Participant #1:

Guys. Unfortunately, the guy you want to go at is he's falling off where'd I go? But speak your mind. Pearl Jam has been labeled as overrated. What is your retort? Mike well, here's the thing. Like, I guess if you don't, like, have not been with them for years, I don't know. I mean, they're not I believe he said they dropped off quality after vitality. And that's fine. I mean, I get it. Like, I know a lot of my friends and stuff that I used to go to shows with were like, after that, it was that it was vitality. They don't make the hits anymore. But I don't know. I mean, honestly, once you see them live, like, it honestly doesn't matter. I will say this. And has somebody seen them as much as I've seen them? Do I need to hear even flow or like alive or Jeremy or any of that shit. But to see him live, it's like I'm sounding like a deadhead. But I'm fine with it. I'm fine with seeing a deadhead about this once you see them. And I know Luke feels the same way because Luke was like, I don't like this new record. And then I was like, dude, you got to see the songs live. And then in St. Louis, he was like, yeah, you're right. The live, it's so different. And I sound like a weird hippie that's been smoked out of his board for 25 years just listening to the same shit that happened up in Vermont for back in 72. Like, who the fuck cares? But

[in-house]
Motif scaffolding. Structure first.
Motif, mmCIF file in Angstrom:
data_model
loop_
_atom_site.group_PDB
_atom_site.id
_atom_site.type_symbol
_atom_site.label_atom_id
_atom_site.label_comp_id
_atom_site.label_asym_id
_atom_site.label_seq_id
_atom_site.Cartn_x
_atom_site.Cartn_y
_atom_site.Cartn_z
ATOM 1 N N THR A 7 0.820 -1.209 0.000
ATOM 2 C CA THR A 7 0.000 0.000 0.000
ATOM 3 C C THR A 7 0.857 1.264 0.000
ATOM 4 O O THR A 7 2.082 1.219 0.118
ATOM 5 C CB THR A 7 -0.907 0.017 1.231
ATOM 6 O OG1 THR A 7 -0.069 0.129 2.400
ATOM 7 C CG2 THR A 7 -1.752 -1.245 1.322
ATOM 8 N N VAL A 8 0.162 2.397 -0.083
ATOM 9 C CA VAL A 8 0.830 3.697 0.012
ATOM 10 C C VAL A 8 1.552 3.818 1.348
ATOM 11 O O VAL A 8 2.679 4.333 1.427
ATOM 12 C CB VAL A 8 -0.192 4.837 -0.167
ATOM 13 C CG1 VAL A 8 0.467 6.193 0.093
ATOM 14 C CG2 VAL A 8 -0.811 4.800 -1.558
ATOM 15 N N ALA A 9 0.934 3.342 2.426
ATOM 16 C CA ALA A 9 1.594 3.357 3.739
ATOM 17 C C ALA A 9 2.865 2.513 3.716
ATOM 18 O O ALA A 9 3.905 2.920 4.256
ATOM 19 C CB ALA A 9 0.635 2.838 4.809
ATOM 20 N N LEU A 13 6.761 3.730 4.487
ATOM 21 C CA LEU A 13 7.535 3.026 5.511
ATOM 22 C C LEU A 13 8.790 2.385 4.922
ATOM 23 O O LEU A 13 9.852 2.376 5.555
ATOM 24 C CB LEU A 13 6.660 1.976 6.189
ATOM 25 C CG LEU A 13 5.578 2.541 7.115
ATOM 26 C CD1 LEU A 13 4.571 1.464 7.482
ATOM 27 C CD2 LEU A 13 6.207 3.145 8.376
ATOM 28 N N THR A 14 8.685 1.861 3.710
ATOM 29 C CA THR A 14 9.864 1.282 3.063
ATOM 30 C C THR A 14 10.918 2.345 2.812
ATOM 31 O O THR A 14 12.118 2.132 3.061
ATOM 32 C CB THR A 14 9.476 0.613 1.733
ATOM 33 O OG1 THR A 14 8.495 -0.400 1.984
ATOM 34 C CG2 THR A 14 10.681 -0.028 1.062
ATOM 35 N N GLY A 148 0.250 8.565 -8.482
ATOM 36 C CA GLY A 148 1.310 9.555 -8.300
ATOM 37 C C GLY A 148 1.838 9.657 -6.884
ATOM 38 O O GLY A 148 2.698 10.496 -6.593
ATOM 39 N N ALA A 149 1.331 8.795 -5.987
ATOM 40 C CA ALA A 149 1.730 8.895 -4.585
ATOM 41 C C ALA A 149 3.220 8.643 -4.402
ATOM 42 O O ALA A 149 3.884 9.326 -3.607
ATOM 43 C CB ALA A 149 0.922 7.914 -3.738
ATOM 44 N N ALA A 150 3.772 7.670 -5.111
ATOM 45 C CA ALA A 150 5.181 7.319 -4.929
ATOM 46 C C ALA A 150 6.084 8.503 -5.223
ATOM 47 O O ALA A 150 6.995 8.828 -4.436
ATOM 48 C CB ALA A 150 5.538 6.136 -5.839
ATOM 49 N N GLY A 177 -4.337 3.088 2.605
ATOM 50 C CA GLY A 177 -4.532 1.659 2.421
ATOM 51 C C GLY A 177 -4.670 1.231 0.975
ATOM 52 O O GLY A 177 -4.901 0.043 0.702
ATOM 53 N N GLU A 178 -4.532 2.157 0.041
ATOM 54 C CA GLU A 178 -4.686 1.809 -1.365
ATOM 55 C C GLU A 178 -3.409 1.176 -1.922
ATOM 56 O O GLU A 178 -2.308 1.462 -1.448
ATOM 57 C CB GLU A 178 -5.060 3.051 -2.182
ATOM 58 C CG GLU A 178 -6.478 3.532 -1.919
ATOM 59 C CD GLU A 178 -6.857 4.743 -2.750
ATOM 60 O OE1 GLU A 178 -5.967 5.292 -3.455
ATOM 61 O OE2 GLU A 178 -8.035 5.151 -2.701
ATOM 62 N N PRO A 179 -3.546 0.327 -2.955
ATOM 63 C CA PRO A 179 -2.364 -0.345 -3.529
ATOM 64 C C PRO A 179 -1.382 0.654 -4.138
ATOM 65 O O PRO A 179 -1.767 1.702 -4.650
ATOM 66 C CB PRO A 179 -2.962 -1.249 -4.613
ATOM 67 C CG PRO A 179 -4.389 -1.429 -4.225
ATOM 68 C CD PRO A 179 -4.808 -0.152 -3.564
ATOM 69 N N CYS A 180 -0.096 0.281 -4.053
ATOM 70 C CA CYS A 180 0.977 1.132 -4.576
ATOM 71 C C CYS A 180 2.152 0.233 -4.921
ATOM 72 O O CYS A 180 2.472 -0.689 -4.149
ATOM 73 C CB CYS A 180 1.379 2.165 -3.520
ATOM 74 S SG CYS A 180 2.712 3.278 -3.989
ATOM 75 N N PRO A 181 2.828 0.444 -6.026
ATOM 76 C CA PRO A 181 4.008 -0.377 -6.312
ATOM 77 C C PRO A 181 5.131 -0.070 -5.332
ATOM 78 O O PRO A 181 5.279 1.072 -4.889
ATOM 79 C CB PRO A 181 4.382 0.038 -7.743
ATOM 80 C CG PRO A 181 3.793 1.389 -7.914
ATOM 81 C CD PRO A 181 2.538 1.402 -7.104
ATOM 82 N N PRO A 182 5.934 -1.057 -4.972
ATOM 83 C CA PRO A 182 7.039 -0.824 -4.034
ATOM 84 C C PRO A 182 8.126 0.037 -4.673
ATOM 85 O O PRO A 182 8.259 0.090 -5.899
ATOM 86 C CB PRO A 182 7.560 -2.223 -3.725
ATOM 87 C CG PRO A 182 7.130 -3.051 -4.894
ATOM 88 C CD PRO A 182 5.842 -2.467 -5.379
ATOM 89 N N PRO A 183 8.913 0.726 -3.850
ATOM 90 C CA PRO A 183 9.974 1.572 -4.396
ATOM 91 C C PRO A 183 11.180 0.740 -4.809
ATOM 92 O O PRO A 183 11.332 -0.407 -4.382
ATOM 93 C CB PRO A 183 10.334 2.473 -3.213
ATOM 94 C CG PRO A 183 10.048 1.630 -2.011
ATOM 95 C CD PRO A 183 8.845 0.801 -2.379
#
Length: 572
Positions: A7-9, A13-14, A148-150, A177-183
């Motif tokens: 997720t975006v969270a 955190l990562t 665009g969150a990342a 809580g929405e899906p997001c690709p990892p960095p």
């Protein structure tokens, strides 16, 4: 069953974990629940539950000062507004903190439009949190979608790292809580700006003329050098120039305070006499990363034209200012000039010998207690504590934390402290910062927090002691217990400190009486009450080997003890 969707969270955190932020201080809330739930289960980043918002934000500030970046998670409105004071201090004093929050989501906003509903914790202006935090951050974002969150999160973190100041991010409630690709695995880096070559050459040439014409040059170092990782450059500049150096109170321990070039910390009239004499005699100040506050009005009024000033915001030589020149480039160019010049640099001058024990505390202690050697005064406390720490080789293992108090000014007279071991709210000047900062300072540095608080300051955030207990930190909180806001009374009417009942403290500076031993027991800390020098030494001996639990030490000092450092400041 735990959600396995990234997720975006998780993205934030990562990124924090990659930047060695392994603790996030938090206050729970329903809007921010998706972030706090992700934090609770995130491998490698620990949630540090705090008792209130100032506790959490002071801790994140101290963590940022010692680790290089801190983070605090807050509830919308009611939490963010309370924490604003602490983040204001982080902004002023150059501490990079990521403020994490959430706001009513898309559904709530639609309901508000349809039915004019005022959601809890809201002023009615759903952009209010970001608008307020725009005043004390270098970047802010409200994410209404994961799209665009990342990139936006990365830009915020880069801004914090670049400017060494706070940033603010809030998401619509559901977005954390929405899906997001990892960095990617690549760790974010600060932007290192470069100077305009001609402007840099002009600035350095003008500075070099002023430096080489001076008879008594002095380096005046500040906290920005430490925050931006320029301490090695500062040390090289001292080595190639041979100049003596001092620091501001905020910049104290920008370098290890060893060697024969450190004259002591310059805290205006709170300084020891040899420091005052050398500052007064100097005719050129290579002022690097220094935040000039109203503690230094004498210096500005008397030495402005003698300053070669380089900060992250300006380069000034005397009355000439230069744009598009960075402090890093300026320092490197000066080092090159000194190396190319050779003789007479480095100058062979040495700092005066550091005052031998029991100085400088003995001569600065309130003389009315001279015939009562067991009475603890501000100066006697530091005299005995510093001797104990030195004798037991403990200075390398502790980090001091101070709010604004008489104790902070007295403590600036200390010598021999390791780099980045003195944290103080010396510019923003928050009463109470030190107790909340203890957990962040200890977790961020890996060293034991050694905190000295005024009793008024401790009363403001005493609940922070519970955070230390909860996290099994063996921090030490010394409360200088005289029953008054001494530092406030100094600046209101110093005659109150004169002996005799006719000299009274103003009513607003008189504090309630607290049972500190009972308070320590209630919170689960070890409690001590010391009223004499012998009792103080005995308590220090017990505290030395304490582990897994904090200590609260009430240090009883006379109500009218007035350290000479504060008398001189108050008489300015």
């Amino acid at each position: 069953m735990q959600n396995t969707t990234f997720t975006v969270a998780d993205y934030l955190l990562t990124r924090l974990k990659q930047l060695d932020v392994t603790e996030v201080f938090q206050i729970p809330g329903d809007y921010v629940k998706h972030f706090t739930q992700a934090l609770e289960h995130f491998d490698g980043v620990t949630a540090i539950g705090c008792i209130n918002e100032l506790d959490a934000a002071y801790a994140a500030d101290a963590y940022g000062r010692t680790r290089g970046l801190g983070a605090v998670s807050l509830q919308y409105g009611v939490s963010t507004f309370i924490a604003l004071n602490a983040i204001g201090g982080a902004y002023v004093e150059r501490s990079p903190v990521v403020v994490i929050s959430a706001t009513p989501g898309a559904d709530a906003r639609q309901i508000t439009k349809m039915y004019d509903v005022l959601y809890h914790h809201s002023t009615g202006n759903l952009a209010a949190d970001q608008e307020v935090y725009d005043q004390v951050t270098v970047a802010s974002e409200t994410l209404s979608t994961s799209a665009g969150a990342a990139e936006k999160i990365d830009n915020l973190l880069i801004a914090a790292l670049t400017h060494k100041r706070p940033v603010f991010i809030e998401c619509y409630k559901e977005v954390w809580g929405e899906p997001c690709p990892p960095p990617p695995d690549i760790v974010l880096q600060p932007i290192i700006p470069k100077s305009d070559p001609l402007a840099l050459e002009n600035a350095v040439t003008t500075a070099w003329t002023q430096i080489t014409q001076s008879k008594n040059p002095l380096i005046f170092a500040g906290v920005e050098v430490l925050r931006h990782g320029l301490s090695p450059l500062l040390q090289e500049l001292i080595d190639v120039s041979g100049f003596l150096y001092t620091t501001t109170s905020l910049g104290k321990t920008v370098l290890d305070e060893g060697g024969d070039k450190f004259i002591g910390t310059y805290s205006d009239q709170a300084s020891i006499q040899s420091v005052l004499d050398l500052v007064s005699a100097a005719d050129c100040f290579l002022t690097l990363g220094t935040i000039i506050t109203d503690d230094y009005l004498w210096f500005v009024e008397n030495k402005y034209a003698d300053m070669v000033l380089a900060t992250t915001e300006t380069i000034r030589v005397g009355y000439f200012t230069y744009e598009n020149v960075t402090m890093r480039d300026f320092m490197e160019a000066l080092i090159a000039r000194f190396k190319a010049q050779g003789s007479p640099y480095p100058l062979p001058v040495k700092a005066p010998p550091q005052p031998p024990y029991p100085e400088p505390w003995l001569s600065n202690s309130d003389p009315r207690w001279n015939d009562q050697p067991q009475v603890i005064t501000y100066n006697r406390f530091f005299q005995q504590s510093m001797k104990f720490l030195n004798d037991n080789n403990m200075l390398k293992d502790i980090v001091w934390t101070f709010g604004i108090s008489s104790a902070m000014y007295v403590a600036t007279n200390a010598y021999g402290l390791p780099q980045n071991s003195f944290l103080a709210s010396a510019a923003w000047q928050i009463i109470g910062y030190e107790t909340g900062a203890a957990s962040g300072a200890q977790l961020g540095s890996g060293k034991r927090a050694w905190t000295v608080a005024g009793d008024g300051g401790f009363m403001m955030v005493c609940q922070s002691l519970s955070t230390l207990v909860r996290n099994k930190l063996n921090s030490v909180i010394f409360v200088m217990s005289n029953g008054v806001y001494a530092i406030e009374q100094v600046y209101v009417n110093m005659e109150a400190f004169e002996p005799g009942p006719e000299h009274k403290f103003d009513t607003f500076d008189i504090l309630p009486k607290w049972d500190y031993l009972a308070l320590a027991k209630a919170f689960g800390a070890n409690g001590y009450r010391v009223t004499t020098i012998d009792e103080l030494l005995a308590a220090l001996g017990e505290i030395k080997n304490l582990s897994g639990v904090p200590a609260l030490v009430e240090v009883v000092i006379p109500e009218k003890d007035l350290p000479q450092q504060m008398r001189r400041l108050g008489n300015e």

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it's tough. But I gotten to a point in my life where I don't have to defend them anymore. It's like, well, I mean, shit, they sell out every place they go to, every concert they've ever sold out in the last, like 20 years. And then if they're albums suck, who cares? They're going to play like, a lot of the stuff you want to hear anyways. But anyways, pearl Jam. Woo. Sports. I am a broadcasting live from wonderful Spring Valley, Illinois. Is that Natalia Flag? Yeah, this is